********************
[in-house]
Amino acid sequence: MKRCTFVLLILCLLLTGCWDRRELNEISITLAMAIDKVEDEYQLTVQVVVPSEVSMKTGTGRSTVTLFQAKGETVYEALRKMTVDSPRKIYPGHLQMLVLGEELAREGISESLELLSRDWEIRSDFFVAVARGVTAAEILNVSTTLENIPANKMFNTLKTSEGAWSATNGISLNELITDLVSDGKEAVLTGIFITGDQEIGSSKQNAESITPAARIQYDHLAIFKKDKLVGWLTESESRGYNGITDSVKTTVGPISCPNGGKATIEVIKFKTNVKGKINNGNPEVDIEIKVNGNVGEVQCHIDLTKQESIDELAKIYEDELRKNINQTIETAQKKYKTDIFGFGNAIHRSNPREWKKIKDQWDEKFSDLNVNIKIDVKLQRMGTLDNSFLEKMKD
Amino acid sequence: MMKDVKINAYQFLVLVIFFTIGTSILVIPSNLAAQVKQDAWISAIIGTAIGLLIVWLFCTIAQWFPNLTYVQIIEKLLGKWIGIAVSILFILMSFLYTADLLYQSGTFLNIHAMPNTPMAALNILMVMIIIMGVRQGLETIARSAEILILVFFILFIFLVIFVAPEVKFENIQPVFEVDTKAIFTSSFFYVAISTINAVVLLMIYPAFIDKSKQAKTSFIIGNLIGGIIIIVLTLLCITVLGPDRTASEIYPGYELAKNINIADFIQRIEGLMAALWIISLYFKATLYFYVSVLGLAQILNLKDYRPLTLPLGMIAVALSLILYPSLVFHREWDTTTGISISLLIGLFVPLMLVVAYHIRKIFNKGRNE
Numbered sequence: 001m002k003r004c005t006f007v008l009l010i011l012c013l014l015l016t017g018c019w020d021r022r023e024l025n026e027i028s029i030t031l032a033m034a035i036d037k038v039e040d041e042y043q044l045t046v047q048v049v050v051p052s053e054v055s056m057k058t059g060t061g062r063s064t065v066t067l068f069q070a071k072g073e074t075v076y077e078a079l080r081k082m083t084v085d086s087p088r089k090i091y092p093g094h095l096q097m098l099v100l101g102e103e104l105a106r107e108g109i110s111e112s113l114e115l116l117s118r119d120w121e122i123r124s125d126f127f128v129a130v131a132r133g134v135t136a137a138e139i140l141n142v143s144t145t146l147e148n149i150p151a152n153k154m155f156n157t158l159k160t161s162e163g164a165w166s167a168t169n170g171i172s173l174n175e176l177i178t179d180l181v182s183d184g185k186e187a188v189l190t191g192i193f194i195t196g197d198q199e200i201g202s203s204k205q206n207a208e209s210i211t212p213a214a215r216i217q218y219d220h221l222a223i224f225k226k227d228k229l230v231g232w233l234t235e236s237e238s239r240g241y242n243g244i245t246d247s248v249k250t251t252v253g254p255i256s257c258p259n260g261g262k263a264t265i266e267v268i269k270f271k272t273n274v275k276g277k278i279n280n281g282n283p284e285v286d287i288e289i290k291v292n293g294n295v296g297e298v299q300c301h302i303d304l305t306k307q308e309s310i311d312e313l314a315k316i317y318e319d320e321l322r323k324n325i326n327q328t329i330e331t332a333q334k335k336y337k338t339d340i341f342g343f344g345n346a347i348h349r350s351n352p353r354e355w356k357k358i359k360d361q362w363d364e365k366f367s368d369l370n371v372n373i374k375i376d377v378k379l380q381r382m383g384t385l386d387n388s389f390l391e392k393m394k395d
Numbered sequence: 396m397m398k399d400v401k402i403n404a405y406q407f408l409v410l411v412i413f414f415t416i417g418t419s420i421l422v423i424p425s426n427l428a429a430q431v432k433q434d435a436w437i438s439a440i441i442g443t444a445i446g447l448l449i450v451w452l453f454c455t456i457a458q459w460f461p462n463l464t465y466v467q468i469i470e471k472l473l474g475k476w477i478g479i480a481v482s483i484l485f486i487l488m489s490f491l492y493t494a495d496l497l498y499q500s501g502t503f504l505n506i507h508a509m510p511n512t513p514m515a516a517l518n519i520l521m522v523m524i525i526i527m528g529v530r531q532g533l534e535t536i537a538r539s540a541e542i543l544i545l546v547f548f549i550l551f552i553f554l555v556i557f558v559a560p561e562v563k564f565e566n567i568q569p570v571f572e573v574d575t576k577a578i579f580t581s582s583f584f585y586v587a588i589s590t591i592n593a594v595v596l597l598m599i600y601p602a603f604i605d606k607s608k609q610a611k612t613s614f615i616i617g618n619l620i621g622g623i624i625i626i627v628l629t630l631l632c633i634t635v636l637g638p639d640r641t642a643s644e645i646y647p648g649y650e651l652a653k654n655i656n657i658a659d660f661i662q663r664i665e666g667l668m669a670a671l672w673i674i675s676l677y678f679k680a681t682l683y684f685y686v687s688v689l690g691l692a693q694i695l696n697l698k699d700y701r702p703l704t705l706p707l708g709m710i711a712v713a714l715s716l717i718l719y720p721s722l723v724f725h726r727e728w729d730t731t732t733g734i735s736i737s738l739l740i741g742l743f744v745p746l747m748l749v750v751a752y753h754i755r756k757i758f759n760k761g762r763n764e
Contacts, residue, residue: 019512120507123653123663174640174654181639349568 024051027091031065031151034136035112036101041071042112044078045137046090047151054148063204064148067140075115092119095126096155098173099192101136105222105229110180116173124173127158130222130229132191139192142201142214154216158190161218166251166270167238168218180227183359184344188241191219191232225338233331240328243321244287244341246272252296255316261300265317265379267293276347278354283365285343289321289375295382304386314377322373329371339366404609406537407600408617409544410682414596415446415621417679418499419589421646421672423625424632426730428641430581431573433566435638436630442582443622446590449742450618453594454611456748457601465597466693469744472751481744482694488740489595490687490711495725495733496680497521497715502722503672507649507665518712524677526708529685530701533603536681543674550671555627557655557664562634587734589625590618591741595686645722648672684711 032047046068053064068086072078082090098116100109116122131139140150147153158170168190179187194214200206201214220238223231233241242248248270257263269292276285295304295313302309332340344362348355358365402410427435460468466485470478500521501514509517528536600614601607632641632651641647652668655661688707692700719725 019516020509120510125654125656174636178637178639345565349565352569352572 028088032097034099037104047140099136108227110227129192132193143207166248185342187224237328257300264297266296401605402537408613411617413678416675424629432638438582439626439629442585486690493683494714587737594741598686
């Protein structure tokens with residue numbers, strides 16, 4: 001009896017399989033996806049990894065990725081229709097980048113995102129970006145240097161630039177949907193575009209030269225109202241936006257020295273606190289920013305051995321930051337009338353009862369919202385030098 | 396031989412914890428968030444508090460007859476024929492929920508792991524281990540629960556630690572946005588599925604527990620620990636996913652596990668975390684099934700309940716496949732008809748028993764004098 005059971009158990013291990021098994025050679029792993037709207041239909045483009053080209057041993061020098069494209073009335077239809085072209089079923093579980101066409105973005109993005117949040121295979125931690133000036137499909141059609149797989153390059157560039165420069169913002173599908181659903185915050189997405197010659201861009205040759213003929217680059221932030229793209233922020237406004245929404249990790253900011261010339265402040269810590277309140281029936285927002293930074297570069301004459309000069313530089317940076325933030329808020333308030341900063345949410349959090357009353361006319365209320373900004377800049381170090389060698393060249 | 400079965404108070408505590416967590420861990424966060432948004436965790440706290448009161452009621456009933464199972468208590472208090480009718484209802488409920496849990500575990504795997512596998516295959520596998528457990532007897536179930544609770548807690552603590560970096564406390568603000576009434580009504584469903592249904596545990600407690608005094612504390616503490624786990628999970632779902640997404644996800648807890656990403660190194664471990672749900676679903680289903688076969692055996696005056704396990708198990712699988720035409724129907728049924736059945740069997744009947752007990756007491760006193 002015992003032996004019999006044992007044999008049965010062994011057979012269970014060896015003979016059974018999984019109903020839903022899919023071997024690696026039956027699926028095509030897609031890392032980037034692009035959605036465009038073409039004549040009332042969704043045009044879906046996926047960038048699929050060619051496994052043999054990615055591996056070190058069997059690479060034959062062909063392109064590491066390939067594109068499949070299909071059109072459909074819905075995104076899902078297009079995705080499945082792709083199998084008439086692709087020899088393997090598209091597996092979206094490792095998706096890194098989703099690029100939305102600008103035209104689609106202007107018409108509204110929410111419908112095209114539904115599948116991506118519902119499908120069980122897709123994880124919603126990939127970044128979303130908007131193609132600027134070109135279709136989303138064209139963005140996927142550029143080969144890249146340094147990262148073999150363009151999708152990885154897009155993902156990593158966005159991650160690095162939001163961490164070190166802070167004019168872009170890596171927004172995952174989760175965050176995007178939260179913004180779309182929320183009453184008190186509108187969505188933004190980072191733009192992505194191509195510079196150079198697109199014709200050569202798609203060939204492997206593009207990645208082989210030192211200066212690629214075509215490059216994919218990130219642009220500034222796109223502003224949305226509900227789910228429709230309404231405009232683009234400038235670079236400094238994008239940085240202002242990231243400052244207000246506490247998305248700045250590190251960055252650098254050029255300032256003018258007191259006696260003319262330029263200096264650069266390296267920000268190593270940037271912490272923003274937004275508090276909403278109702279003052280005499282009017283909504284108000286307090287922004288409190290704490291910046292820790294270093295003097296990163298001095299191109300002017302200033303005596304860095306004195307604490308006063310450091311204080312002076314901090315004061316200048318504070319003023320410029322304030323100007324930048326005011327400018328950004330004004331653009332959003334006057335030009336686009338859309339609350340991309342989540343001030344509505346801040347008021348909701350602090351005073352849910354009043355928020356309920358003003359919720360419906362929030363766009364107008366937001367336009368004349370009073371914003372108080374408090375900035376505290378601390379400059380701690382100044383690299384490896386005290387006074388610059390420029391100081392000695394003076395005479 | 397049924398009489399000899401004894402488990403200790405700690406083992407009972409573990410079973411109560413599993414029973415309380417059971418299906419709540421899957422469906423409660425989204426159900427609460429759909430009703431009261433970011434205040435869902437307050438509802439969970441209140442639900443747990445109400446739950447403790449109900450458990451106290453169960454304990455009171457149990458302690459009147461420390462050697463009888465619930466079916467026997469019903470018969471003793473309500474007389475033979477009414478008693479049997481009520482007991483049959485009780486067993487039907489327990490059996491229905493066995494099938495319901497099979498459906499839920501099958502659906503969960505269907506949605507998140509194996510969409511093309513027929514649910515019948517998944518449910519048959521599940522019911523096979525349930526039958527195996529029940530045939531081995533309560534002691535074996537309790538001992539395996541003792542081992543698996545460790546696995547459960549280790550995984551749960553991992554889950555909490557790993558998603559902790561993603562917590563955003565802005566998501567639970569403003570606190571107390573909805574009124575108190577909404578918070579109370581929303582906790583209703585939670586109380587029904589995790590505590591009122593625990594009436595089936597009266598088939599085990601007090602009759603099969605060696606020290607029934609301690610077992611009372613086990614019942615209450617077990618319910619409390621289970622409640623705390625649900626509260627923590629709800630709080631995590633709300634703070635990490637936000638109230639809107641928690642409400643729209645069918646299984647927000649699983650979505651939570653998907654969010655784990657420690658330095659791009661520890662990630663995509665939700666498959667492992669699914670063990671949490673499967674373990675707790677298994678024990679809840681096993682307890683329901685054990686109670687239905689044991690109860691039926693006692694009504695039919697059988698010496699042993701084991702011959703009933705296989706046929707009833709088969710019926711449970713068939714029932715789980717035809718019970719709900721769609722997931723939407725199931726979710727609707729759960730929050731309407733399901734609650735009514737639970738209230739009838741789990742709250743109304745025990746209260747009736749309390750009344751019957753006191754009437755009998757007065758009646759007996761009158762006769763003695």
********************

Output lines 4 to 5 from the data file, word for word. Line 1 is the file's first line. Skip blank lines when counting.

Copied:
Numbered sequence: 001m002k003r004c005t006f007v008l009l010i011l012c013l014l015l016t017g018c019w020d021r022r023e024l025n026e027i028s029i030t031l032a033m034a035i036d037k038v039e040d041e042y043q044l045t046v047q048v049v050v051p052s053e054v055s056m057k058t059g060t061g062r063s064t065v066t067l068f069q070a071k072g073e074t075v076y077e078a079l080r081k082m083t084v085d086s087p088r089k090i091y092p093g094h095l096q097m098l099v100l101g102e103e104l105a106r107e108g109i110s111e112s113l114e115l116l117s118r119d120w121e122i123r124s125d126f127f128v129a130v131a132r133g134v135t136a137a138e139i140l141n142v143s144t145t146l147e148n149i150p151a152n153k154m155f156n157t158l159k160t161s162e163g164a165w166s167a168t169n170g171i172s173l174n175e176l177i178t179d180l181v182s183d184g185k186e187a188v189l190t191g192i193f194i195t196g197d198q199e200i201g202s203s204k205q206n207a208e209s210i211t212p213a214a215r216i217q218y219d220h221l222a223i224f225k226k227d228k229l230v231g232w233l234t235e236s237e238s239r240g241y242n243g244i245t246d247s248v249k250t251t252v253g254p255i256s257c258p259n260g261g262k263a264t265i266e267v268i269k270f271k272t273n274v275k276g277k278i279n280n281g282n283p284e285v286d287i288e289i290k291v292n293g294n295v296g297e298v299q300c301h302i303d304l305t306k307q308e309s310i311d312e313l314a315k316i317y318e319d320e321l322r323k324n325i326n327q328t329i330e331t332a333q334k335k336y337k338t339d340i341f342g343f344g345n346a347i348h349r350s351n352p353r354e355w356k357k358i359k360d361q362w363d364e365k366f367s368d369l370n371v372n373i374k375i376d377v378k379l380q381r382m383g384t385l386d387n388s389f390l391e392k393m394k395d
Numbered sequence: 396m397m398k399d400v401k402i403n404a405y406q407f408l409v410l411v412i413f414f415t416i417g418t419s420i421l422v423i424p425s426n427l428a429a430q431v432k433q434d435a436w437i438s439a440i441i442g443t444a445i446g447l448l449i450v451w452l453f454c455t456i457a458q459w460f461p462n463l464t465y466v467q468i469i470e471k472l473l474g475k476w477i478g479i480a481v482s483i484l485f486i487l488m489s490f491l492y493t494a495d496l497l498y499q500s501g502t503f504l505n506i507h508a509m510p511n512t513p514m515a516a517l518n519i520l521m522v523m524i525i526i527m528g529v530r531q532g533l534e535t536i537a538r539s540a541e542i543l544i545l546v547f548f549i550l551f552i553f554l555v556i557f558v559a560p561e562v563k564f565e566n567i568q569p570v571f572e573v574d575t576k577a578i579f580t581s582s583f584f585y586v587a588i589s590t591i592n593a594v595v596l597l598m599i600y601p602a603f604i605d606k607s608k609q610a611k612t613s614f615i616i617g618n619l620i621g622g623i624i625i626i627v628l629t630l631l632c633i634t635v636l637g638p639d640r641t642a643s644e645i646y647p648g649y650e651l652a653k654n655i656n657i658a659d660f661i662q663r664i665e666g667l668m669a670a671l672w673i674i675s676l677y678f679k680a681t682l683y684f685y686v687s688v689l690g691l692a693q694i695l696n697l698k699d700y701r702p703l704t705l706p707l708g709m710i711a712v713a714l715s716l717i718l719y720p721s722l723v724f725h726r727e728w729d730t731t732t733g734i735s736i737s738l739l740i741g742l743f744v745p746l747m748l749v750v751a752y753h754i755r756k757i758f759n760k761g762r763n764e